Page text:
I honestly believe that some of the most difficult questions I have been asked in my twenty years of living and breathing on this wonderful planet earth would be “What was your favourite memory from your travels in India” or similarly, “What was your favourite place?” and “Who was the most inspiring person you met?” I struggle to come up with only one answer to these questions, purely due to the fact that India is the most vibrant, exotic and overall CRAZY place I have ever been, and I’ve formed so many incredible memories of this country. However, I shall do my very best to attempt to reflect on my absolute favourite memory of India right here and right now!
India, in my opinion, is quite easily the most extraordinary country that one could have the pleasure of visiting. This country is raw, down to earth and extremely (can I say extremely two more times?), extremely, extremely chaotic, which made me love India even more.
Despite the craziness and the hustle and bustle that comes with India, everything just runs so smoothly! Cars zoom past one another from lane to lane, yet not one scratch can be seen on any vehicle. You gaze out from your auto-rickshaw and witness elephants, cows, monkeys, pigs and hundreds and thousands of dogs roaming the streets. Mothers holding babies, daughters walking to school, fathers on their bicycles and everyone in between smiles and waves frantically at you as you stroll down the street – India takes the prize with flying colours for the most welcoming country, in my eyes. Sensational spicy aromas of butter chicken simmering in a huge pan on the sidewalk wafts through the streets (and this was an absolute dream come true scenario for me). All these little things made me love and appreciate India even more. It’s a simple fact that anyone who steps foot in India will fall in love with the place! I was astonished by the wisdom of India’s people, their integrity and their focus on the importance of family and community. In retrospect, I don’t think there have been many times where I have felt more welcome in someone’s home than when I was in India, for “Guest is God!!” they all proclaim.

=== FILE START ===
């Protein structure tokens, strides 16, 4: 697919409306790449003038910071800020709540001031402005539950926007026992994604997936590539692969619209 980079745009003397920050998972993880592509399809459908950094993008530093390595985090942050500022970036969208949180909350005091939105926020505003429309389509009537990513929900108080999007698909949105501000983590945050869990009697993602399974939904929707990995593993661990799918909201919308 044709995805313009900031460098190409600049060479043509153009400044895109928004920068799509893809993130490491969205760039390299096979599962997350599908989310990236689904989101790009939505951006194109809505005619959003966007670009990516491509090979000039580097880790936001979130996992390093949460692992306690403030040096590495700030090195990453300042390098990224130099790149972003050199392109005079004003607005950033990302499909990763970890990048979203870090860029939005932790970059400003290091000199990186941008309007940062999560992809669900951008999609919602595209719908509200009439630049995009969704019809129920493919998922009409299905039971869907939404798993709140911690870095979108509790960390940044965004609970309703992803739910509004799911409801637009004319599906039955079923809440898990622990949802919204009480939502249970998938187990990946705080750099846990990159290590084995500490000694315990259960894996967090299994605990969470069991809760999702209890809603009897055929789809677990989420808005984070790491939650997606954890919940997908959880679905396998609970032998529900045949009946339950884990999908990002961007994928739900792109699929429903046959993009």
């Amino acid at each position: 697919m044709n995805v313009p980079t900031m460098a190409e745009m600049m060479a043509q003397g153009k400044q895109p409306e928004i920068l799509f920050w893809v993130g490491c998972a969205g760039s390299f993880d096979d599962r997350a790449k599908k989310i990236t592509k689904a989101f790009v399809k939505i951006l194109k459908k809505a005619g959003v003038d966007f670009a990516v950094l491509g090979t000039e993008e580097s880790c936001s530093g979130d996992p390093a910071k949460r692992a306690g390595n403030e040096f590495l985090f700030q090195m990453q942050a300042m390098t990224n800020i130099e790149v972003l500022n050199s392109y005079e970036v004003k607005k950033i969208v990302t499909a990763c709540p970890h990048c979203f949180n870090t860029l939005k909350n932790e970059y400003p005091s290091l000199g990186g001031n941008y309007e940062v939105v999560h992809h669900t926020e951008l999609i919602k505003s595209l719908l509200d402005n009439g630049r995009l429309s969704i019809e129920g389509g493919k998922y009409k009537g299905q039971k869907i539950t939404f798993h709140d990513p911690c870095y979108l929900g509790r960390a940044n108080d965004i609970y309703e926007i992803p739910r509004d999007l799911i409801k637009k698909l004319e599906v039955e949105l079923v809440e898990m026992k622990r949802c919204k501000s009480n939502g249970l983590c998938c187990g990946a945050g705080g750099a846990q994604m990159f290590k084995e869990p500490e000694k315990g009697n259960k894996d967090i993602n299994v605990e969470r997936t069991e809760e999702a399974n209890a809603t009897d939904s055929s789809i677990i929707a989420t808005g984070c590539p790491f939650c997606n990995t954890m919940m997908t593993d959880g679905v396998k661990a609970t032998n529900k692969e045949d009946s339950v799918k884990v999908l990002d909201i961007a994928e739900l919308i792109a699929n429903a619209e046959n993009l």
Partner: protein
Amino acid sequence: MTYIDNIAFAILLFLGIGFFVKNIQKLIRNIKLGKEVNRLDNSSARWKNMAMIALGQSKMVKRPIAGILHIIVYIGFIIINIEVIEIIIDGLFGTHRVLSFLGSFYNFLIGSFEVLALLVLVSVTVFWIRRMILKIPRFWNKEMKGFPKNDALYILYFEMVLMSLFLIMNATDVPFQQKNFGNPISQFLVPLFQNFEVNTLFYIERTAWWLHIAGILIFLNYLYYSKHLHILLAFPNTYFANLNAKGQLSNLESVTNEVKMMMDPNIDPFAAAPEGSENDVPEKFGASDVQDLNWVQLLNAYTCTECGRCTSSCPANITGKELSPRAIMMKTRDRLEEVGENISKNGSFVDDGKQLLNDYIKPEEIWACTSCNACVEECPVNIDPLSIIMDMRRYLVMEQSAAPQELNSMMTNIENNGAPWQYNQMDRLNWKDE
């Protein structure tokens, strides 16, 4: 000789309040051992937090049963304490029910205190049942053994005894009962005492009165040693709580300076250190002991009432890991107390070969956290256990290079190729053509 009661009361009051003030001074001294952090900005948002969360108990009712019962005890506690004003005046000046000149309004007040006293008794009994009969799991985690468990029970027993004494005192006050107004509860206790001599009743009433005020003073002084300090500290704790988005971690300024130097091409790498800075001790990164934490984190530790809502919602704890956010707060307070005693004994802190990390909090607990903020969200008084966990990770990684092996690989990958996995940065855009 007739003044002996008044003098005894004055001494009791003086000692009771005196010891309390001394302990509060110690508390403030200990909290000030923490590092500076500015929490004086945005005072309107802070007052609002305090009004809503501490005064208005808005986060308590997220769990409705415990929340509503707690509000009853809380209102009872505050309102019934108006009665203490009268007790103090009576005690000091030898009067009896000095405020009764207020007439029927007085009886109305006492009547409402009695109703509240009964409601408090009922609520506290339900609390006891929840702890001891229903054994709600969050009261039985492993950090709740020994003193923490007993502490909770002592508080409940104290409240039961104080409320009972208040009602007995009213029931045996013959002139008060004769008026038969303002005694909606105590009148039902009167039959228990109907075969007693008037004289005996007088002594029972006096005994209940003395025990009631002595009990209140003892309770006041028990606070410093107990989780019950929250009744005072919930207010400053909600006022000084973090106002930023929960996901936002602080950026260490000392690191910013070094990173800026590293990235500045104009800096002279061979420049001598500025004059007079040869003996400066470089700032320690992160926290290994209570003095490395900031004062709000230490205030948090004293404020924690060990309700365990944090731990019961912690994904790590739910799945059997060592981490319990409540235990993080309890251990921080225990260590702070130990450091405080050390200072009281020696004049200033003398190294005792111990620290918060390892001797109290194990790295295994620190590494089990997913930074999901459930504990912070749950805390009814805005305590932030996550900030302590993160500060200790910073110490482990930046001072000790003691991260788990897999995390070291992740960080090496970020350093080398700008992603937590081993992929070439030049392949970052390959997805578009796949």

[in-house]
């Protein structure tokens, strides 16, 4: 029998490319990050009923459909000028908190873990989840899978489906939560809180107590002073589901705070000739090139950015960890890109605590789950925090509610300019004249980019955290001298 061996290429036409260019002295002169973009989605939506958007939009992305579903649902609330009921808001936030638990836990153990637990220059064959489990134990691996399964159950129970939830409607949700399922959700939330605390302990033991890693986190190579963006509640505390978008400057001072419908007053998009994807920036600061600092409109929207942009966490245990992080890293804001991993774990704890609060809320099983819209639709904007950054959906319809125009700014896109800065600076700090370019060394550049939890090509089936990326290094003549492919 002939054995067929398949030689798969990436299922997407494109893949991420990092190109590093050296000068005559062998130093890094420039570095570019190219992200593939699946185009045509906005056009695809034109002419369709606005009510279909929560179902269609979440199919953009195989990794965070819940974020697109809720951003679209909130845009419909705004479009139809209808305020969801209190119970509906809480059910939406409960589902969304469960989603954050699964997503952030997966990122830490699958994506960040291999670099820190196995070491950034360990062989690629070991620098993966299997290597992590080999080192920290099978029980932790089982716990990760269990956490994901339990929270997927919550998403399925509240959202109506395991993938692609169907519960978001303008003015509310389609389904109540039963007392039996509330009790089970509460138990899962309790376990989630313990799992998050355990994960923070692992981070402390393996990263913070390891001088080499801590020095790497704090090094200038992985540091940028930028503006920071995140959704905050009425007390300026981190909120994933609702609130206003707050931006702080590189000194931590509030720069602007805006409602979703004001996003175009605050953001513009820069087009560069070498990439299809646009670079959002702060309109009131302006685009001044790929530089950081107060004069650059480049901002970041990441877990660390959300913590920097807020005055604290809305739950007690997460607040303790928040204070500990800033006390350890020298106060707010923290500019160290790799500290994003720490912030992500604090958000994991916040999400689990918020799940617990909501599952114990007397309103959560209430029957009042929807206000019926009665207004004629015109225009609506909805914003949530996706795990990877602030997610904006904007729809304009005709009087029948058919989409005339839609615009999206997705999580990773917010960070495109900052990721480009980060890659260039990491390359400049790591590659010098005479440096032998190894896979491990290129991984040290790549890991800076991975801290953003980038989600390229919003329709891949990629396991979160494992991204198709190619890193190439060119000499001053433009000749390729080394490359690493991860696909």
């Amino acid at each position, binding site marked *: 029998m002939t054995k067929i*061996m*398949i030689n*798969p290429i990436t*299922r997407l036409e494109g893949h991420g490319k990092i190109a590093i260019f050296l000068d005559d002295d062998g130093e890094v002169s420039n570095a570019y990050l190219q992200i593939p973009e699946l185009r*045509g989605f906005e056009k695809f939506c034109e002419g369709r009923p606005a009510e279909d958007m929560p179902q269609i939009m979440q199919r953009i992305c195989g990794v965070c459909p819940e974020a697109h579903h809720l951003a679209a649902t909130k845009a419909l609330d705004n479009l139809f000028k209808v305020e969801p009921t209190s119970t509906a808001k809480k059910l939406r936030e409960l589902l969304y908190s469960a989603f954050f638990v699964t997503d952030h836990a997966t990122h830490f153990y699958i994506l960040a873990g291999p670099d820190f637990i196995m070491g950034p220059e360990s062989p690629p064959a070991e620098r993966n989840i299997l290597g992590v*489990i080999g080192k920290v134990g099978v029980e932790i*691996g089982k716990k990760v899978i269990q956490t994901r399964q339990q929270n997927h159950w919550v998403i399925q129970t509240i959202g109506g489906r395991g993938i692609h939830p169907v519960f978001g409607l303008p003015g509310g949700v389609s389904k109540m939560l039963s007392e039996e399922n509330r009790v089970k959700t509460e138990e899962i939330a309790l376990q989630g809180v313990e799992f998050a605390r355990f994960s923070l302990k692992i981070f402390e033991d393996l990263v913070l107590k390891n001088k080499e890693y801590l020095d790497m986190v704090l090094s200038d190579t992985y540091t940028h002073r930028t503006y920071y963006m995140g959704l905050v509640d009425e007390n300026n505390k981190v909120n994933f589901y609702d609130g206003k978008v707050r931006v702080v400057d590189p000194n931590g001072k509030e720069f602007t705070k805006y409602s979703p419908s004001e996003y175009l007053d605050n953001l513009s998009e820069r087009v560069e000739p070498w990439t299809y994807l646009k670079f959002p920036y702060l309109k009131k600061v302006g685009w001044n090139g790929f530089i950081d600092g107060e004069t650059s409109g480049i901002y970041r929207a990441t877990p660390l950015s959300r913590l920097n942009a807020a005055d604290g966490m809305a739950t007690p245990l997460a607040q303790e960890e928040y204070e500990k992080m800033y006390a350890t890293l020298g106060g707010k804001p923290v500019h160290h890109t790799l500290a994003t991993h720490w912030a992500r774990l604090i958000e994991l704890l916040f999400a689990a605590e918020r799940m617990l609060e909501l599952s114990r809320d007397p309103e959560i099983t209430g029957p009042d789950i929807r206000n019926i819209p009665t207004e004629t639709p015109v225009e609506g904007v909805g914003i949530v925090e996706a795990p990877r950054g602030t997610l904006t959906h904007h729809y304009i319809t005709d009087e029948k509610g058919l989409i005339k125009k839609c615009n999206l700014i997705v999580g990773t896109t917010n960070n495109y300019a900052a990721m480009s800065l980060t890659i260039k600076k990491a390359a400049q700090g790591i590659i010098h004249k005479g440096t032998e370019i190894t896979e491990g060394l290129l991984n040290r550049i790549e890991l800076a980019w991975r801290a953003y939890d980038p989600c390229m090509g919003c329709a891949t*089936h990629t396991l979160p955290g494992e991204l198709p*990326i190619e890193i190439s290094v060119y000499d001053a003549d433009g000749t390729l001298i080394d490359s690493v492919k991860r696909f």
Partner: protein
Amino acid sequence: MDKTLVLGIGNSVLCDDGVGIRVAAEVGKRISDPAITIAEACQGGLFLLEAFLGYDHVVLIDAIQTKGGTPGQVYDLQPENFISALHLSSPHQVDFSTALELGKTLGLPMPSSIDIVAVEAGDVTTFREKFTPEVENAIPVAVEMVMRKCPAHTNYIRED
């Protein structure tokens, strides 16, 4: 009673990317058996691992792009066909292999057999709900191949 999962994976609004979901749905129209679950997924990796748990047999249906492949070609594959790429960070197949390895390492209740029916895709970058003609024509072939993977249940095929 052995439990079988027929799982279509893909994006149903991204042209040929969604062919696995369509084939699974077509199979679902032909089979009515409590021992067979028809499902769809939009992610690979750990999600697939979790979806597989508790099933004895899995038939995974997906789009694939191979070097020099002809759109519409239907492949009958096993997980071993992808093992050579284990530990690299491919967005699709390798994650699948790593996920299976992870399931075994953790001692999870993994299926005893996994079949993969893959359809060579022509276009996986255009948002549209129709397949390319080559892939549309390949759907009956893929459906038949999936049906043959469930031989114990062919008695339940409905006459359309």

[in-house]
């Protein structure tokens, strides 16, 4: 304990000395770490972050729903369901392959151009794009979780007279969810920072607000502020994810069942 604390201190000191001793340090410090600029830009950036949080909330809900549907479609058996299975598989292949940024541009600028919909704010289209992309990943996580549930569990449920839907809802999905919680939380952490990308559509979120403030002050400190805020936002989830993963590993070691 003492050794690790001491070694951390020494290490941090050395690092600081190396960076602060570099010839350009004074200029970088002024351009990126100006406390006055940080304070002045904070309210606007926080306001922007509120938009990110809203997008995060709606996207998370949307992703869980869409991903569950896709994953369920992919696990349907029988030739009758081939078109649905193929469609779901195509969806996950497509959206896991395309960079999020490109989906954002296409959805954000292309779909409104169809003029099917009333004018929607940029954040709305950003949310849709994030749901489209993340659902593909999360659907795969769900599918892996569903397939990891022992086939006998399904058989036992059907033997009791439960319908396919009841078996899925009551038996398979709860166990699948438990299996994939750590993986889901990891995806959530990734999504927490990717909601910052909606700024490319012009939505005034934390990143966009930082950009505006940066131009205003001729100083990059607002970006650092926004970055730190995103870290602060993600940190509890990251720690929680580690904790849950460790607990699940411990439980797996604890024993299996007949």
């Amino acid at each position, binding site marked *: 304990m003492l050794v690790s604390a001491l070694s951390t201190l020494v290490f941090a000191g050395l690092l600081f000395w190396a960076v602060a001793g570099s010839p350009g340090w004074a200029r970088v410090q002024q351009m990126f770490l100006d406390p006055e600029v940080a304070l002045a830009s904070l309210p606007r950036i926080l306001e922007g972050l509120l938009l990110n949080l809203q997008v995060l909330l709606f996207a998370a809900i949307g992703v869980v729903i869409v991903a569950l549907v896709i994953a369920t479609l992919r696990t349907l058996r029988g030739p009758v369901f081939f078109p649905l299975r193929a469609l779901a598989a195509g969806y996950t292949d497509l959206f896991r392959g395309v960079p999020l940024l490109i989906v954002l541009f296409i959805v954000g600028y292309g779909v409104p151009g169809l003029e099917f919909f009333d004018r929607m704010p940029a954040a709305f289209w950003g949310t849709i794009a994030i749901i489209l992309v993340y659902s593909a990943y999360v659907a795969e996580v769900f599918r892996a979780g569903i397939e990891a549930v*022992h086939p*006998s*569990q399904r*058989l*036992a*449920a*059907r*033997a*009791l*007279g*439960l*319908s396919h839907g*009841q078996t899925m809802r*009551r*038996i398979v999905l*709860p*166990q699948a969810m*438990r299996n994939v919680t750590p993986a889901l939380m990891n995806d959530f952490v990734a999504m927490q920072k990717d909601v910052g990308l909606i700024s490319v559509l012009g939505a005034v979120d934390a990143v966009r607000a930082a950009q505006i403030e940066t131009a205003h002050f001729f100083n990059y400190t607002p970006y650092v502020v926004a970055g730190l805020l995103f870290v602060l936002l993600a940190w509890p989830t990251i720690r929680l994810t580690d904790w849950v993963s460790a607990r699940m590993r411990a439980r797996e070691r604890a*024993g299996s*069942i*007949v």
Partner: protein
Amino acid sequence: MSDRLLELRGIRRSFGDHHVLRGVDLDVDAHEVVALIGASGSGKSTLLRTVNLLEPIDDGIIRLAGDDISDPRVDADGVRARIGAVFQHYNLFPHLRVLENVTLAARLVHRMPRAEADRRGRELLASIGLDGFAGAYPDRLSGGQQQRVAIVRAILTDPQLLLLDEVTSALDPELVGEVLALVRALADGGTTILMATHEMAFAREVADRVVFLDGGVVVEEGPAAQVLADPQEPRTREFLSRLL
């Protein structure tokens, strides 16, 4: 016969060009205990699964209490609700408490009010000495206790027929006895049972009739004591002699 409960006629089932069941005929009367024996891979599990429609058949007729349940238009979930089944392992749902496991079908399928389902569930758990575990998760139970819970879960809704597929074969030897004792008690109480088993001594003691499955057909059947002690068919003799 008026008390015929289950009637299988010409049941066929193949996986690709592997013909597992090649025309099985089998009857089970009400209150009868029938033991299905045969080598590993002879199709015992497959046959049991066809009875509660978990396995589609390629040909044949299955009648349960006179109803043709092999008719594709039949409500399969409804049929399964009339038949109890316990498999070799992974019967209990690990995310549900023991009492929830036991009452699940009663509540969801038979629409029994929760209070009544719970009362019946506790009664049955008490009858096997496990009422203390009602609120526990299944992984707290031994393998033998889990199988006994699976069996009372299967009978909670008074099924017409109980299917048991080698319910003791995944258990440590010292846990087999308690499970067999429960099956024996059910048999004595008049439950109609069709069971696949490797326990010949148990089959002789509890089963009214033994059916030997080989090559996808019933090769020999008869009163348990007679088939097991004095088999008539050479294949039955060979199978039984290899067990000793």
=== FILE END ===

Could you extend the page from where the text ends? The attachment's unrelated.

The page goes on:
I travelled India for a period of two weeks during my trip to Asia in February with my friend Liv. As cliché as it may sound, India really did open my eyes to the world, making me realise how privileged we are here in Australia. Additionally, it made me realise that all my worries about travelling to this country were absurd. People in Australia instilled thoughts in my head, suggesting that India was an unsafe place to travel, but in actual fact for the vast majority of the time I could not have felt safer.
A day after we arrived in Delhi, Liv and I flew to Bagdogra Airport in West Bengal, which is in North-Eastern India. It was here that we would commence our trip through West Bengal and into Sikkim, kindly recommended by the one and only Alex from here at ATMA.